Not Sure What To Make Of It.

Business By Jenniferkay Updated 2 Oct 2010 , 1:39pm by jewelsq

Jenniferkay Posted 30 Sep 2010 , 1:54am
post #1 of 6

I sell cupcakes in a gift boutique. Been doing this since January and have had decent sales, nothing wonderful. But it gets my name out and I get cake orders from it.

The people who own the store I considered friends..not I call you everyday friends, but I'll send you card at Christmas friends. Now I'm really trying to seperate friends and business, but I think I might have been bit in the hiney.

In the past 4 months stuff has gone on that I'm not cool with. First was a baker who sold pound cake slices pre-packaged. Now..I let it slide b/c it was just a slice of pound cake or a brownie, I do neither. I do just cupcakes for the store packaged in boxes of 4 or we have a case for singles ppl can mix and match.

But today was the gut clencher. I walked and there were cupcake boxes on my normal shelf and a single cupcake in the case. I went ballistic. I started to pack my advertising and just leave, then I thought: what am I going to do with a hodge podge of 2 dozen cupcakes! I was told how on the days that I don't have cupcakes there (Monday-Wednesday) ppl want cupcakes and this chick will provide them. I told them 2 weeks ago I was bringing them on Weds now...so how this girl is going to make money on 2 days...?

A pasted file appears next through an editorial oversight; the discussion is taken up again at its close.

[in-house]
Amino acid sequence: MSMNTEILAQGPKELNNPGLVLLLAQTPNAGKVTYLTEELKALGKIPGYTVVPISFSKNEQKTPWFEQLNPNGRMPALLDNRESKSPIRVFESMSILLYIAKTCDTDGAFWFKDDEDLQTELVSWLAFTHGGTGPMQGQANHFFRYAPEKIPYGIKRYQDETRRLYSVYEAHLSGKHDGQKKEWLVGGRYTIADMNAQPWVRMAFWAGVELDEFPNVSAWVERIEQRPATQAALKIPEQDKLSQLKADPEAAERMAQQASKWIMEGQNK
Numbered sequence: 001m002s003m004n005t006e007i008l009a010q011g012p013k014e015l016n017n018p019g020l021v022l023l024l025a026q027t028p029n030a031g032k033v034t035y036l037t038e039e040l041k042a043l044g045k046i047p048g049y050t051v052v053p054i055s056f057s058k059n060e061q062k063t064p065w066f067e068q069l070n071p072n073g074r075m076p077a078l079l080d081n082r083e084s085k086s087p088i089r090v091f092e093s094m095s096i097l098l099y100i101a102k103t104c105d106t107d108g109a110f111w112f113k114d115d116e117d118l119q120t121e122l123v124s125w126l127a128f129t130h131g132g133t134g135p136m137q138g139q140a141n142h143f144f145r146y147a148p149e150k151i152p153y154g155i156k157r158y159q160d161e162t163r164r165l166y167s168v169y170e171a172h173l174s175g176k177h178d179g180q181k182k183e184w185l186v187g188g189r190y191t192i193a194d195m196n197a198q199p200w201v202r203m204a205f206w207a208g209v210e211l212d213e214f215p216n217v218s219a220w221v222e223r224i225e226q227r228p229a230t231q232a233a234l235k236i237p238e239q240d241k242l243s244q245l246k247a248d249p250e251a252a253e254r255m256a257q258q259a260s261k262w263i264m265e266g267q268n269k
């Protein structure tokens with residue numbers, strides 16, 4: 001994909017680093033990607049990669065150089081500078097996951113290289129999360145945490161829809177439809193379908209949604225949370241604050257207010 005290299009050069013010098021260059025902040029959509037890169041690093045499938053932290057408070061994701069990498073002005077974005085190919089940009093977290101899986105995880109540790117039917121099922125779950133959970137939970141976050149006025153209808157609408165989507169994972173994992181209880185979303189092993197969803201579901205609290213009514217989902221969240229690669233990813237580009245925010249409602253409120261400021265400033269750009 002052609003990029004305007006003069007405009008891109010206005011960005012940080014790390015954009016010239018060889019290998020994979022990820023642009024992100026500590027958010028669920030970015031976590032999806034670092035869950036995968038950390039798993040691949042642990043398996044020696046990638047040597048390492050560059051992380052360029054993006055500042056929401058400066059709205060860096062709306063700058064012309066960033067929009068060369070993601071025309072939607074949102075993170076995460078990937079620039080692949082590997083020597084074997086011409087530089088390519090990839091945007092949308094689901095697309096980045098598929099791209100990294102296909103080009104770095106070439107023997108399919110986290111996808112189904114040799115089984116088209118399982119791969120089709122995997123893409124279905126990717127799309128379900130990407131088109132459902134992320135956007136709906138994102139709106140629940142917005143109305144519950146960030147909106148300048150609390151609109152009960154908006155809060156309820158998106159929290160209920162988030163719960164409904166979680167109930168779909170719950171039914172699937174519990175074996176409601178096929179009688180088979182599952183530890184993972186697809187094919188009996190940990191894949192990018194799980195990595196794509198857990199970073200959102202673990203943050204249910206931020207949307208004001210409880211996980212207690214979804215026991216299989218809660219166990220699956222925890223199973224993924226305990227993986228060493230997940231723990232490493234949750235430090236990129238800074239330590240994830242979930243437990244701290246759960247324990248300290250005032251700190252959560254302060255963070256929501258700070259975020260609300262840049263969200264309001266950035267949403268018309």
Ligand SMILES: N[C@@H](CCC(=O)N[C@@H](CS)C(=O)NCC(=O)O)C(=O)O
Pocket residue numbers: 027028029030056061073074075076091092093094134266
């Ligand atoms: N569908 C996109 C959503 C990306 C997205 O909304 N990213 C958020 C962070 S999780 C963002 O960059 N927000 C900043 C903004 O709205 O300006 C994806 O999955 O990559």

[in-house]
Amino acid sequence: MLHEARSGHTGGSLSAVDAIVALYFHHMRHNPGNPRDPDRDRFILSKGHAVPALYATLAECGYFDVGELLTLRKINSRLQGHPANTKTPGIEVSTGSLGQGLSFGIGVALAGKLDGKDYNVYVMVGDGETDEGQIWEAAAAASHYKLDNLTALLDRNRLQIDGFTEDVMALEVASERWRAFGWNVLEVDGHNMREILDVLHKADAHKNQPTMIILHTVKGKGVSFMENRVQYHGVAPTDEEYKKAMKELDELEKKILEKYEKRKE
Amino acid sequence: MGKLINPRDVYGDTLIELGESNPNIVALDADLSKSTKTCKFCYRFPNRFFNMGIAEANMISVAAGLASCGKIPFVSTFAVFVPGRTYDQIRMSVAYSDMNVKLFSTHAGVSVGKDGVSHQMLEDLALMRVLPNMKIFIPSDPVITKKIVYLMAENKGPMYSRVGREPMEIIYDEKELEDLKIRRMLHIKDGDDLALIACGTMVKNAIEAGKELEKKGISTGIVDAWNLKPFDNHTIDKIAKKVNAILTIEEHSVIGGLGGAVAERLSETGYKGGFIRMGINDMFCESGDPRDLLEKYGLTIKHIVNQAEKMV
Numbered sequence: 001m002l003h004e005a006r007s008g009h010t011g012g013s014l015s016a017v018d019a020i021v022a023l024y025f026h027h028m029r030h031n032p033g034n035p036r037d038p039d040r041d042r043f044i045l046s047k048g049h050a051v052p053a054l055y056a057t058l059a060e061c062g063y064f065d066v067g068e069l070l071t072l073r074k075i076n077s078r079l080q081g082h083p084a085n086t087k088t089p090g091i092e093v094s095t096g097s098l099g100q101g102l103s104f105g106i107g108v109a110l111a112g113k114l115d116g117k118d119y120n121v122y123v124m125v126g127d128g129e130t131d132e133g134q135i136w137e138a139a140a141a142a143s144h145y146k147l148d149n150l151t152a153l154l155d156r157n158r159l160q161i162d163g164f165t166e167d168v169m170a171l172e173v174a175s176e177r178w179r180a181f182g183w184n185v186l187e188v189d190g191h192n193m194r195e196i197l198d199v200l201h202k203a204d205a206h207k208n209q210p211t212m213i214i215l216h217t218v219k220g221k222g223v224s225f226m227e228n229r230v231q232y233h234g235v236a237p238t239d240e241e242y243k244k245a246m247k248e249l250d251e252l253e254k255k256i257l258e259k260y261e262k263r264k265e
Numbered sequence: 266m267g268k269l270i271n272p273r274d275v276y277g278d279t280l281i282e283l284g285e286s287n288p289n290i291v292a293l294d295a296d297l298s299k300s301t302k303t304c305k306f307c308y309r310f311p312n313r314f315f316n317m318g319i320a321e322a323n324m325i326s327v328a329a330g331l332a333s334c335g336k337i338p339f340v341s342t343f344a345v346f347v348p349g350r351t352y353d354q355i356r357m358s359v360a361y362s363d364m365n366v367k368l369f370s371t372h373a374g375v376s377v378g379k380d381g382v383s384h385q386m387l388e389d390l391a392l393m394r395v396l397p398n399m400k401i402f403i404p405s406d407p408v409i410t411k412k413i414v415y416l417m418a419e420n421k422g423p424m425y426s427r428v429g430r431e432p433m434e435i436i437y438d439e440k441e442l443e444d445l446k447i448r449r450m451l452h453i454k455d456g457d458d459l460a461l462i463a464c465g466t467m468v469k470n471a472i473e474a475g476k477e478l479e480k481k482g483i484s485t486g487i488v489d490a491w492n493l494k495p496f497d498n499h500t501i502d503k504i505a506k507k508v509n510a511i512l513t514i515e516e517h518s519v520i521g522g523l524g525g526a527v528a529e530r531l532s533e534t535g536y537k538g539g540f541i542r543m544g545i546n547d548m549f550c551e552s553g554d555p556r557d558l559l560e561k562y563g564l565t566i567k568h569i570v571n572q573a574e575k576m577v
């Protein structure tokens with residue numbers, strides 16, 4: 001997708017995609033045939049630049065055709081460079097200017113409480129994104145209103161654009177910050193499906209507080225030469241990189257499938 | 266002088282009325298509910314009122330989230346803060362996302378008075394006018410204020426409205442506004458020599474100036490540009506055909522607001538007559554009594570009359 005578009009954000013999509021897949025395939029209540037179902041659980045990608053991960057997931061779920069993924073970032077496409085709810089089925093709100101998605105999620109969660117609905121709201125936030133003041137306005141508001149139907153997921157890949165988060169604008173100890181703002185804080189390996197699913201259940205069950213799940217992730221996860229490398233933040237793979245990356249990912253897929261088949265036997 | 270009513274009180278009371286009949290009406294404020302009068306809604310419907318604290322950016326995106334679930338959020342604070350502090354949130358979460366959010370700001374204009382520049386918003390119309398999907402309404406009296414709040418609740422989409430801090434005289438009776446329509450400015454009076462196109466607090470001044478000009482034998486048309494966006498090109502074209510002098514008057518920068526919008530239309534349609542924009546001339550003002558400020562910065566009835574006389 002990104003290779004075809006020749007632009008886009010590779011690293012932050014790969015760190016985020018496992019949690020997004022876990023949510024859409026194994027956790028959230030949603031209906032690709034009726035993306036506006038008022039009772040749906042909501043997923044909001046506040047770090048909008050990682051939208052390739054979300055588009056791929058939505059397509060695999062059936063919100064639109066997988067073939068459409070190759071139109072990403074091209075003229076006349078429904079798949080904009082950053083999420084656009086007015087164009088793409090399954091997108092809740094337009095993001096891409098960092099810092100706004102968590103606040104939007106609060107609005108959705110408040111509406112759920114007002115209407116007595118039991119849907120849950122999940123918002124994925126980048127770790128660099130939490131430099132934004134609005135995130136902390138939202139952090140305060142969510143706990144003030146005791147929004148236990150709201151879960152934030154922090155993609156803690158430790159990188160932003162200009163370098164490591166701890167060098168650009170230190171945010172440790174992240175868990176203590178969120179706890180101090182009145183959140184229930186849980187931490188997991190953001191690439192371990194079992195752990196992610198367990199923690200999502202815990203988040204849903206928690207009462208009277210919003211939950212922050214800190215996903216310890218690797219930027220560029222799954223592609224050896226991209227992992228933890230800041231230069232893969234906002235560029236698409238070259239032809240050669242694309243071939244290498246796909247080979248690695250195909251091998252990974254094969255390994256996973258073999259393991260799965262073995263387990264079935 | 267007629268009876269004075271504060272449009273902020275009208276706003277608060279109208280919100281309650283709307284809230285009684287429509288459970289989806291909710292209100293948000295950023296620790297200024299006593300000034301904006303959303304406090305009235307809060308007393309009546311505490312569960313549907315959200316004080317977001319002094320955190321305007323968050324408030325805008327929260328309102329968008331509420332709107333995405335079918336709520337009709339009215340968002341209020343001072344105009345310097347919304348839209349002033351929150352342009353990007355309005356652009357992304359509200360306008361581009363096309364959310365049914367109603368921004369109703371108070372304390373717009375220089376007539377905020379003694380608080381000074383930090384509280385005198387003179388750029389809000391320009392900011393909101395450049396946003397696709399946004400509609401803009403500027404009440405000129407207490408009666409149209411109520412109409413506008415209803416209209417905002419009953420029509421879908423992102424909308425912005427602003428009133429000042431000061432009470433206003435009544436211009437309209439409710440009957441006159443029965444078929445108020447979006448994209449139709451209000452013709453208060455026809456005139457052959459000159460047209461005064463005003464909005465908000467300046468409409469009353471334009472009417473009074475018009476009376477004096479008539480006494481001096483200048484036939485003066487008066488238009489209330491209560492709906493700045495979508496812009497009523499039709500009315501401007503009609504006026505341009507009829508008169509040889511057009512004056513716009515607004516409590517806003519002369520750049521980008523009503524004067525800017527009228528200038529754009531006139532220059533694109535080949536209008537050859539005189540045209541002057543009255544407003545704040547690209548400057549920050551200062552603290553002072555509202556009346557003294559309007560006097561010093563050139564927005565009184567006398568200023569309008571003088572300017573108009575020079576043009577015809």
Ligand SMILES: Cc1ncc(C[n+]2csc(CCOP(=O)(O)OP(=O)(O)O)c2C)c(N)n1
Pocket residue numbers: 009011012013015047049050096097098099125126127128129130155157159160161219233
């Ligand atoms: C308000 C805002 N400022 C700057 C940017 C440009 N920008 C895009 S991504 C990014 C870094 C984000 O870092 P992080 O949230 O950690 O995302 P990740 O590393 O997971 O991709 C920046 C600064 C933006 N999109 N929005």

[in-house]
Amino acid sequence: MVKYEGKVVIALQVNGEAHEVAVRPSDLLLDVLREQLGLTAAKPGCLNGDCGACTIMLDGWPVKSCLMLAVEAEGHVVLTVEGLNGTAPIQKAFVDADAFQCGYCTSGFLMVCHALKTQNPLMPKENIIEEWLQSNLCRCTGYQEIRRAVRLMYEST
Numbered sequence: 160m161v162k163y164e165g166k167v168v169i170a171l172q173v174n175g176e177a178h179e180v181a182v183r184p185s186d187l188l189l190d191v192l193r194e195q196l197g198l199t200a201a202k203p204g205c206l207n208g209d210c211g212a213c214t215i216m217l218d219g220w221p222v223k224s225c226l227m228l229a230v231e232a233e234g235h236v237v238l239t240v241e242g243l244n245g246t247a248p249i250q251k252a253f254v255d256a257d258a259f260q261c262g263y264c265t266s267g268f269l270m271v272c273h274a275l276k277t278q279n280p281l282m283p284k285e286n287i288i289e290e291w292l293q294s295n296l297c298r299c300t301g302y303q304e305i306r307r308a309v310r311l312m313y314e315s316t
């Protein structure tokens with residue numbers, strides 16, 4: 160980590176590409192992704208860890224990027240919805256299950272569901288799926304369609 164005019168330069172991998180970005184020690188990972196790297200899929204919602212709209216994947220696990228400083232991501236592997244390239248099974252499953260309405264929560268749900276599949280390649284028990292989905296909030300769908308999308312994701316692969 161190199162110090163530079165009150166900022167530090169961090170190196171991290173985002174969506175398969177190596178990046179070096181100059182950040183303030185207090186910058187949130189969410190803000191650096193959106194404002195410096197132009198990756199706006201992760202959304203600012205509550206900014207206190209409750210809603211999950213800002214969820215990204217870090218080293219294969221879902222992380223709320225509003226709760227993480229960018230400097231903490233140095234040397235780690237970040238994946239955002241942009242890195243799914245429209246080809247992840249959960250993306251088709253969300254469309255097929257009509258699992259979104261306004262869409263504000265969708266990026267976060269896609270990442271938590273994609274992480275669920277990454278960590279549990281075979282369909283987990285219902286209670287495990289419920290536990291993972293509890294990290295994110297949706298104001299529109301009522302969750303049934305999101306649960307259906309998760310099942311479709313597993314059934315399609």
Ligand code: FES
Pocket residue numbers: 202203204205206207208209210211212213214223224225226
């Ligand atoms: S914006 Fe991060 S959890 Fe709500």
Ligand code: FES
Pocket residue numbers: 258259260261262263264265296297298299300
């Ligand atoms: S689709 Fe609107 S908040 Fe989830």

I think I'm more hurt at the ppl that I thought were friends didn't even tell me. They just let me find out the hard way. So now I have someone who is in direct competition with me for business advertising her cakes in front of my cupcakes.

What do I do? What do I say without flying off the handle? I have no filter on my mouth. Normally I'm all about cake for all, but not when you're advertising your cake in front of mine! This is my spot I peed on it first!

Here's the kicker...the owners were like, well she'd really like to call you and maybe work together on jobs. YOu know what that sounds like to me? Sounds like she's got no jobs and is looking to mooch off me...plus this is not the way to make friends in the caking world! Sorry...filter came off.

5 replies
jmr531 Posted 30 Sep 2010 , 2:45am
post #2 of 6

I'm sorry this happened to you...it really sucks. Unfortunately, it doesn't sound like you have any contract with your friends and without a legal agreement about exclusively selling your items there, I'm not sure there is much you can do. Perhaps you can sample one of the other bakers cupcakes and if it is good you might consider using her as a backup for emergencies when you are sick or on vacation and your clients ask for a referral.

In any case, if you choose to continue selling your items in the shop, you might want to make sure that your items are easily identified and all products (including the ones you are not providing) are clearly labeled. Better yet, perhaps you can talk to your friends and have them sign a contract that states your conditions.

tootie0809 Posted 30 Sep 2010 , 6:08pm
post #3 of 6